This year's Remembrance Day will be different from every previous one. For the first time, not a single British veteran of World War One is alive to participate. This is the first November since the death of the “last Tommy”, Harry Patch.
Having lived in obscurity until his nineties, Patch turned out to be remarkably controversial when the media tracked him down as one of the last survivors of the trenches. Patch regarded Remembrance Day as “just show business”, insisted that World War One “wasn't worth it” and was well over a hundred when he embarrassed Tony Blair by telling him not to invade Iraq.
Patch is one of the few prominent figures to challenge many of the assumptions about the way remembrance works. Ekklesia's report, Reimagining Remembrance, recognises that remembrance cannot be a value-free act. How we remember, who we remember and why we remember says a great deal about the way we want our society to be.
Consider, for example, the frequent references to soldiers “dying for our freedom”. This reflects the belief that certain wars were necessary to defeat tyranny. Whether or not we agree with that view, can anyone say that all British soldiers died for freedom? What about those wars that many consider futile? What about “friendly fire”? Or soldiers who died while committing atrocities?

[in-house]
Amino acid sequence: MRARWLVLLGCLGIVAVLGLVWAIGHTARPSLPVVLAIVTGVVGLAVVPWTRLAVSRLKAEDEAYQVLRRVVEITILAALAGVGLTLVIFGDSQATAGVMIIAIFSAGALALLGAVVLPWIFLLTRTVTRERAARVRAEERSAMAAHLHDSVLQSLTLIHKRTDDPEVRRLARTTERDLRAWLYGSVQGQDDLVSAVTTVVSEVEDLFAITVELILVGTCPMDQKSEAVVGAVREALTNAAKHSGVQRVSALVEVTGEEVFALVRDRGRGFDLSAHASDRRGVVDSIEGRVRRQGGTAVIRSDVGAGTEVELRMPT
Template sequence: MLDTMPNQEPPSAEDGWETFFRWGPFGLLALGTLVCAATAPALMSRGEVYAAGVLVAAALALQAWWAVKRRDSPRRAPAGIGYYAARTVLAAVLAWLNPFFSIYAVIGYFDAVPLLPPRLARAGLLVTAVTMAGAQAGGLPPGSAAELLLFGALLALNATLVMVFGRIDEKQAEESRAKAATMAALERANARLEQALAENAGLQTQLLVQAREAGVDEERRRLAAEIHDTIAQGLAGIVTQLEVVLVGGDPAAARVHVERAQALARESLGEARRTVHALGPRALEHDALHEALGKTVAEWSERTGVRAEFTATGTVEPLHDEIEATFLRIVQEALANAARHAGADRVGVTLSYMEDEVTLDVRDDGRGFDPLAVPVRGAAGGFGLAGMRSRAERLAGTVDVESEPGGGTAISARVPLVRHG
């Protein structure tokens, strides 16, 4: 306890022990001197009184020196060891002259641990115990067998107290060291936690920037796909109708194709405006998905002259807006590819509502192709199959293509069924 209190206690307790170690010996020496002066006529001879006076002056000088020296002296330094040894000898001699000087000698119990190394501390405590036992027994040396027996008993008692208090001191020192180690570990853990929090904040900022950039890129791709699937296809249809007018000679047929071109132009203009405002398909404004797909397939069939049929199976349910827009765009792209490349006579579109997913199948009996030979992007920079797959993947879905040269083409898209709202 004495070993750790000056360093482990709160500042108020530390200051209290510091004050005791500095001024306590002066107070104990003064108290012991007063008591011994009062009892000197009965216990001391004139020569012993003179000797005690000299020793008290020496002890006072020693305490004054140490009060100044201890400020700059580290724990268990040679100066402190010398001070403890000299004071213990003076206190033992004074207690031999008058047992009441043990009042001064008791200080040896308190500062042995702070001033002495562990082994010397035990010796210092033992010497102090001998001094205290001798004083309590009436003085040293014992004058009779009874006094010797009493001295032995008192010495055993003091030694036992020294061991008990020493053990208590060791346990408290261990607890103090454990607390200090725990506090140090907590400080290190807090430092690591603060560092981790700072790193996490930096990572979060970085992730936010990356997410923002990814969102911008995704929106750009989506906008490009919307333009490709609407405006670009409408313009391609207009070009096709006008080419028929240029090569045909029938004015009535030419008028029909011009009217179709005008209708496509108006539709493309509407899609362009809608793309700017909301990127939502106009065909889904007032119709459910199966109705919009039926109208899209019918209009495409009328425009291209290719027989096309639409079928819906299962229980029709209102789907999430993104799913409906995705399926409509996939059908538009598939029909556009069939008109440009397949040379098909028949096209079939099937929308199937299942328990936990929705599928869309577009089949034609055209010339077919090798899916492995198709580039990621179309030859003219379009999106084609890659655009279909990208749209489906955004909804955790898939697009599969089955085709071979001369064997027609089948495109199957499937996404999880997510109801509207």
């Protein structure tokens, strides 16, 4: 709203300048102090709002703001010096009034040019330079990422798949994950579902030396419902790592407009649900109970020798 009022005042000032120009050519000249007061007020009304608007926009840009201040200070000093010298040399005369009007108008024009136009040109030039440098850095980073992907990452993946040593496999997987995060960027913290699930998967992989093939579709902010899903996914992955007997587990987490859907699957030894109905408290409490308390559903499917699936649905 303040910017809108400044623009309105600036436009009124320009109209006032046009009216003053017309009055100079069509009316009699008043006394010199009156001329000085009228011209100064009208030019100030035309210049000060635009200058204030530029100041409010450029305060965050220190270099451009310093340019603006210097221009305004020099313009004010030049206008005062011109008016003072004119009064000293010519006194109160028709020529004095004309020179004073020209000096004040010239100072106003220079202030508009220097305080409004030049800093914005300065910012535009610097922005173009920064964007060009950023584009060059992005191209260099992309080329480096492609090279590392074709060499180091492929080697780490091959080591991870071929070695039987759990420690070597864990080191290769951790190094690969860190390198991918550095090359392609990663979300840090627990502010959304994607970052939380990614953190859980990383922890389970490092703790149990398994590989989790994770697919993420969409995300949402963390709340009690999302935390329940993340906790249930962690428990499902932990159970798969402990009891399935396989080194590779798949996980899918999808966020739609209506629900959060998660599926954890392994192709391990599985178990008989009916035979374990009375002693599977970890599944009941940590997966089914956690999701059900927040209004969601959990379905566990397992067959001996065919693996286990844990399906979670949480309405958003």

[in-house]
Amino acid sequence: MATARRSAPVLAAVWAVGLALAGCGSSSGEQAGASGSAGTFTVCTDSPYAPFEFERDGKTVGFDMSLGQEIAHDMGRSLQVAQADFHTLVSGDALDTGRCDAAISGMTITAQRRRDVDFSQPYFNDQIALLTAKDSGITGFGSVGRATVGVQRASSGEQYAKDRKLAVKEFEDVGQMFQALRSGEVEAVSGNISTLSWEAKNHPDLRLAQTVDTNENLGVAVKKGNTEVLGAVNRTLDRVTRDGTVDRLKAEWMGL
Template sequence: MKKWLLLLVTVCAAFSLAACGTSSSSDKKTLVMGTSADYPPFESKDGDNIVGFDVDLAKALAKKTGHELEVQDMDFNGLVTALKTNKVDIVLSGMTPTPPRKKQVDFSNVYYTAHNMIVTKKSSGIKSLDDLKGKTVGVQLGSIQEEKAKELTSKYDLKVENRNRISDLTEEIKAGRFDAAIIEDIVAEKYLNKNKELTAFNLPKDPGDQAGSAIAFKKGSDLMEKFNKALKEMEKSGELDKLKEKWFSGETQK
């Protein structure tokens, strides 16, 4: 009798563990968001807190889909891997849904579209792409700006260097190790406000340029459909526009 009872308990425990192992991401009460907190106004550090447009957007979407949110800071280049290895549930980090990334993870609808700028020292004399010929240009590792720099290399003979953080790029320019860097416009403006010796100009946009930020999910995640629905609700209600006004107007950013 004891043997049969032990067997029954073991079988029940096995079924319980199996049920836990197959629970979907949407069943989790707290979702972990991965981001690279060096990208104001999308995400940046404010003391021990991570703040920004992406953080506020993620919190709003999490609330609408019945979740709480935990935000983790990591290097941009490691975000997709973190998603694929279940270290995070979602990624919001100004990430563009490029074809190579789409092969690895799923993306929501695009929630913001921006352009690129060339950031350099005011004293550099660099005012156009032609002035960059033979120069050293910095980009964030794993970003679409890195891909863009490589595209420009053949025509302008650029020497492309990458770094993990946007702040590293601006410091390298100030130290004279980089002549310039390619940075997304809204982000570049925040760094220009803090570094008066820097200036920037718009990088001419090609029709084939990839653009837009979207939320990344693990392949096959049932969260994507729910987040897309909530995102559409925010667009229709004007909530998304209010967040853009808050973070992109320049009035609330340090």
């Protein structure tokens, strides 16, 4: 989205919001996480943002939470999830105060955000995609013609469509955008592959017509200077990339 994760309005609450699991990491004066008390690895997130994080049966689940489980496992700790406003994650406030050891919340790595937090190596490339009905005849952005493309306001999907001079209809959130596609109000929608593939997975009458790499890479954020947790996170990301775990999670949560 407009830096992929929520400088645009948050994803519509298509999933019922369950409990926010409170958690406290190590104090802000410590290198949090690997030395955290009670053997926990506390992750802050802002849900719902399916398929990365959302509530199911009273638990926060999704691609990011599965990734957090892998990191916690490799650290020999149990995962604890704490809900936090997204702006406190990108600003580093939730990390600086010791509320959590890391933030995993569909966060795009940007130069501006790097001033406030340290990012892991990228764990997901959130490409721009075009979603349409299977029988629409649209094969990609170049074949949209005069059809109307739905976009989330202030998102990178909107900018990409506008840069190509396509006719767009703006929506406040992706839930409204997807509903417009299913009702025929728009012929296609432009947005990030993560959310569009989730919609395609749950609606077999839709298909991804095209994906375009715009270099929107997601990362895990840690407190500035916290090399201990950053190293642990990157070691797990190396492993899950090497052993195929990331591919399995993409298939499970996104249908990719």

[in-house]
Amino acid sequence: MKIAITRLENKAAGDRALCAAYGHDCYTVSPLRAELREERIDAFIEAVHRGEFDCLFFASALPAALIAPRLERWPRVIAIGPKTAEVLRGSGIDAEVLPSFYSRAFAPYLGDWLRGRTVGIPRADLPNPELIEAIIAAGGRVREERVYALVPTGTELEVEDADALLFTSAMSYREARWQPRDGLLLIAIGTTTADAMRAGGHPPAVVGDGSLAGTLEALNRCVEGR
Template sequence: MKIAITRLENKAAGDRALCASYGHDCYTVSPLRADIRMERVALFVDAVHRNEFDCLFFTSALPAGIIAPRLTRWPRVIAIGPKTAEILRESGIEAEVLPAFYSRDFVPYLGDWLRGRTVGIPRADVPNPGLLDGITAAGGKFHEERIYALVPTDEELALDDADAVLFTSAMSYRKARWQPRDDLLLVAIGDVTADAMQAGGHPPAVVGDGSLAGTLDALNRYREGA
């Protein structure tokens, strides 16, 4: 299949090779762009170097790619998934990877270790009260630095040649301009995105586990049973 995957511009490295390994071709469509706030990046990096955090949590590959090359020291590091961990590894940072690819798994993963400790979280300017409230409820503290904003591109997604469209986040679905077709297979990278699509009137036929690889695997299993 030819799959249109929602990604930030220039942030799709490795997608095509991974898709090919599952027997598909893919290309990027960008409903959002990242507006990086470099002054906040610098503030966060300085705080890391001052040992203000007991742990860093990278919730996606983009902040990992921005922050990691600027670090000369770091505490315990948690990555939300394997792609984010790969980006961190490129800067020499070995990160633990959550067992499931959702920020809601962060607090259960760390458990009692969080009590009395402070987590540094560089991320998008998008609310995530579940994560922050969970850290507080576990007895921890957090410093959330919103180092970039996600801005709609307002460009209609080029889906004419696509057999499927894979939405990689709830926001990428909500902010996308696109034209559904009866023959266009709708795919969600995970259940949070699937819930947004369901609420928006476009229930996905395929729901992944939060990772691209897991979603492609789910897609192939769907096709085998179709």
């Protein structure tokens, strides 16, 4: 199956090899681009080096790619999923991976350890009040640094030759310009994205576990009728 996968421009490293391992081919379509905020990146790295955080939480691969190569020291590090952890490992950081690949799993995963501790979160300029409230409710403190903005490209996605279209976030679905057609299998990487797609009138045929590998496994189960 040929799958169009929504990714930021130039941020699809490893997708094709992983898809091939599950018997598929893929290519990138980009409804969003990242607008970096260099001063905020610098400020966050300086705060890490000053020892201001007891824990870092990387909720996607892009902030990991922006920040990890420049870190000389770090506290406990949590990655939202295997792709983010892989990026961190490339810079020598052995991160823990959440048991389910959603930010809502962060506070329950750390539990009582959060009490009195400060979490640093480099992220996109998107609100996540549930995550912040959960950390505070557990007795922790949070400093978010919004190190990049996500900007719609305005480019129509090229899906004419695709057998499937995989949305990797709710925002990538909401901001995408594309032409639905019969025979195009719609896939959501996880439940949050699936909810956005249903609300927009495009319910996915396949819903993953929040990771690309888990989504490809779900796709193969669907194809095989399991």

Sincerity demands truth, so sincere remembrance requires us to recognise reality. We cannot pretend that all soldiers died for freedom. But we should remember them all. Indeed, I suggest we should go further, and remember all those affected by war.
As a Christian, I cannot accept that one person's life is worth less than another's. Itis time to remember civilians, conscientious objectors and 'deserters', as well as those who fought against British troops. Let us also remember those who have risked their lives trying to resolve conflict peacefully. Furthermore, many of those wounded, traumatised or bereaved by war are still alive, and should be able to expect support from society and the state.
As we mark Remembrance Sunday, it is vital that we do not allow our churches to be co-opted into glorifying war. Can we remember the dead without justifying their deaths? Can we offer pastoral care to soldiers, without endorsing violence? Can we urge the government to increase financial support for those injured in body and mind? As we bow our heads, can we call to mind the grief felt by mothers and fathers in Germany, Afghanistan and Argentina, so similar to the grief felt in London, Glasgow and Belfast?
It is possible for pacifists and just war theorists to sit and pray with each other, seeking God's guidance to live out Jesus' values of truth, compassion and forgiveness. Harry Patch, like millions who fought alongside (and against) him, recognised the frequent futility of warfare and hoped for a world in which conflicts were resolved nonviolently. If we truly want to remember him, let us do so in a way he would have appreciated – with truth, commitment and a determination to work for peace.
(c) Symon Hill is associate director of Ekklesia. This column appeared originally in the Baptist Times on 5 November 2009.